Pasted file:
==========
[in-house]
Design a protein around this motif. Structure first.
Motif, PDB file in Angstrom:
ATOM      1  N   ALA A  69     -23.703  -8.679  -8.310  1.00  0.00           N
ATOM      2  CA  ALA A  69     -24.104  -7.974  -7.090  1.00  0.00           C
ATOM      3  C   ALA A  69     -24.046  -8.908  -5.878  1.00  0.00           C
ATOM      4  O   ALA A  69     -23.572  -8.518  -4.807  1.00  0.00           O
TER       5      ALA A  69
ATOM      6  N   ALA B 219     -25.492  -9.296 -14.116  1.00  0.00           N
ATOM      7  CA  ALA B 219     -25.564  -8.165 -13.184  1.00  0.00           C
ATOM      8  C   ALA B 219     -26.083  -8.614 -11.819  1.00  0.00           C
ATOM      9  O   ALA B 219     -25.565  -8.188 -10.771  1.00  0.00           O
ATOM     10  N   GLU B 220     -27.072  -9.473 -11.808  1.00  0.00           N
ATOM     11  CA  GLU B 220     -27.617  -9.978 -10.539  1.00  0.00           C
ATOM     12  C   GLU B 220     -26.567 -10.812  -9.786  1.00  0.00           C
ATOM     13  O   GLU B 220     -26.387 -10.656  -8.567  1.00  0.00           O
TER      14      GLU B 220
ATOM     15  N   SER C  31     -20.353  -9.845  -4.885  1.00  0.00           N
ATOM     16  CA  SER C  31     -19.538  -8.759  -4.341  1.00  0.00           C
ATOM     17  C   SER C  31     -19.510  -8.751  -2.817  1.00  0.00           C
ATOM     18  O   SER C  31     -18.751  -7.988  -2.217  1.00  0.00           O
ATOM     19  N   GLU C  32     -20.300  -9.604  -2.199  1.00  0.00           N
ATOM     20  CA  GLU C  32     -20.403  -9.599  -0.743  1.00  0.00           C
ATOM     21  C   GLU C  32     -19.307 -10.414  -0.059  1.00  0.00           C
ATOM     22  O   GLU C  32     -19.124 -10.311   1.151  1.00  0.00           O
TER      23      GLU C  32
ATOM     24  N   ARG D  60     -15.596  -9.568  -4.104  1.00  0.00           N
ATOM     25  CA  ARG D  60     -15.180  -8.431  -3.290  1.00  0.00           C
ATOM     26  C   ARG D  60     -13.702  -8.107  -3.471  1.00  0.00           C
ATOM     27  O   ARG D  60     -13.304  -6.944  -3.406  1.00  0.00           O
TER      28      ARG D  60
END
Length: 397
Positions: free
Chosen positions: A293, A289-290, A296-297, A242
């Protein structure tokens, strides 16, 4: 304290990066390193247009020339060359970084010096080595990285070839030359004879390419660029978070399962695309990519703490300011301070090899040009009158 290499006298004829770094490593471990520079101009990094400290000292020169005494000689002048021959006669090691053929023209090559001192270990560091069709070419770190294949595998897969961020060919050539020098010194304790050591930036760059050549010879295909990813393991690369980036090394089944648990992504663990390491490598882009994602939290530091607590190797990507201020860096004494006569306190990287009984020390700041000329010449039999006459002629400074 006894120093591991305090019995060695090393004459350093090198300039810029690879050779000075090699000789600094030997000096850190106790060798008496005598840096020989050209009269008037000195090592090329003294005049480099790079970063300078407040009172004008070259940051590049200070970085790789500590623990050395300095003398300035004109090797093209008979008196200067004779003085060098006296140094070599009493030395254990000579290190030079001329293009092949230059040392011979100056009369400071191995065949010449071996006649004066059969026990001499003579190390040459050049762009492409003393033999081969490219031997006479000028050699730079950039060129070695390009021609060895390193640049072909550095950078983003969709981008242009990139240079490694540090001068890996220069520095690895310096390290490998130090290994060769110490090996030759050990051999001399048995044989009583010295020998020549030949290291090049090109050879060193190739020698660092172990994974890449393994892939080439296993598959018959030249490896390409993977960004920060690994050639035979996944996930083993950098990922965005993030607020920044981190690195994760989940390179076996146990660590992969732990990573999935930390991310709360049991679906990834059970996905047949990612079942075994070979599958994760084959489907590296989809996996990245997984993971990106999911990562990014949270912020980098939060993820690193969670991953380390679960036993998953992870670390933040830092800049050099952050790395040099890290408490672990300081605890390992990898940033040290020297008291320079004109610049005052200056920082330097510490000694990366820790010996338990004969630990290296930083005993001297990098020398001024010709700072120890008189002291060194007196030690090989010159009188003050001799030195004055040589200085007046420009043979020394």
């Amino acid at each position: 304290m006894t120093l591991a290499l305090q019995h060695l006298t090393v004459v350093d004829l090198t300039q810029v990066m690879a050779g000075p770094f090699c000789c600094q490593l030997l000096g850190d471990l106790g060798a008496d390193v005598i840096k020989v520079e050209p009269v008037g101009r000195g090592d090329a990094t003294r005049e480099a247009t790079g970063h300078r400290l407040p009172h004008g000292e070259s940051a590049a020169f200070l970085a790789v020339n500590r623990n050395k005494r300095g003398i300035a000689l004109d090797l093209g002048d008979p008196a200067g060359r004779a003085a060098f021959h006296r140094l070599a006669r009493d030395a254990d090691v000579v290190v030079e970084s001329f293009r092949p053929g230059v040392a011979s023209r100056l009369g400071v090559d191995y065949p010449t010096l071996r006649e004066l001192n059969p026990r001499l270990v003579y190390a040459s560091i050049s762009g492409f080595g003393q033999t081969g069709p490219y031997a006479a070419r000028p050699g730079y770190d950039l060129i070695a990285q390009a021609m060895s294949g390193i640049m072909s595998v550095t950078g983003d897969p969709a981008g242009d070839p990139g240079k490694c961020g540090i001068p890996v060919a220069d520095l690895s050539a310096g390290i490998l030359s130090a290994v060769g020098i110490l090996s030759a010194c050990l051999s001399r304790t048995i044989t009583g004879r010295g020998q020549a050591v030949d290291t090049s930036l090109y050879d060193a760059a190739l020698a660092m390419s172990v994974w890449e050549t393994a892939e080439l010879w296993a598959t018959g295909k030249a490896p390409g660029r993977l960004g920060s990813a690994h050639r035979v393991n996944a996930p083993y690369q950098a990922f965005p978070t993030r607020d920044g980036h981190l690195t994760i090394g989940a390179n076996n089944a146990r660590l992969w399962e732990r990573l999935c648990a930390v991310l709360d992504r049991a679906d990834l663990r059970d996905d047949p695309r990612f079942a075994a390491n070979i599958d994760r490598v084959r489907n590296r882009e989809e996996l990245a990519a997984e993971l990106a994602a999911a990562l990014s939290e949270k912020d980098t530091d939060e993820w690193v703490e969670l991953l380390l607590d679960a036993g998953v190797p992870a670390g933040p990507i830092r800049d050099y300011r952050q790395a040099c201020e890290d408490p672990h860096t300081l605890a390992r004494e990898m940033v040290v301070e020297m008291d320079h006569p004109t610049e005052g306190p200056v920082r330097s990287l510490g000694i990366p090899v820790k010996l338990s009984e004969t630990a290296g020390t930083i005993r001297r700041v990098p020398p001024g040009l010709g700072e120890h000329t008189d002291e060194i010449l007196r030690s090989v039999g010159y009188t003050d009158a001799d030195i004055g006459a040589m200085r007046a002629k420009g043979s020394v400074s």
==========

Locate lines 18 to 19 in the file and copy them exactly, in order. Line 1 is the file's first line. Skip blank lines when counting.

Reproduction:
ATOM     15  N   SER C  31     -20.353  -9.845  -4.885  1.00  0.00           N
ATOM     16  CA  SER C  31     -19.538  -8.759  -4.341  1.00  0.00           C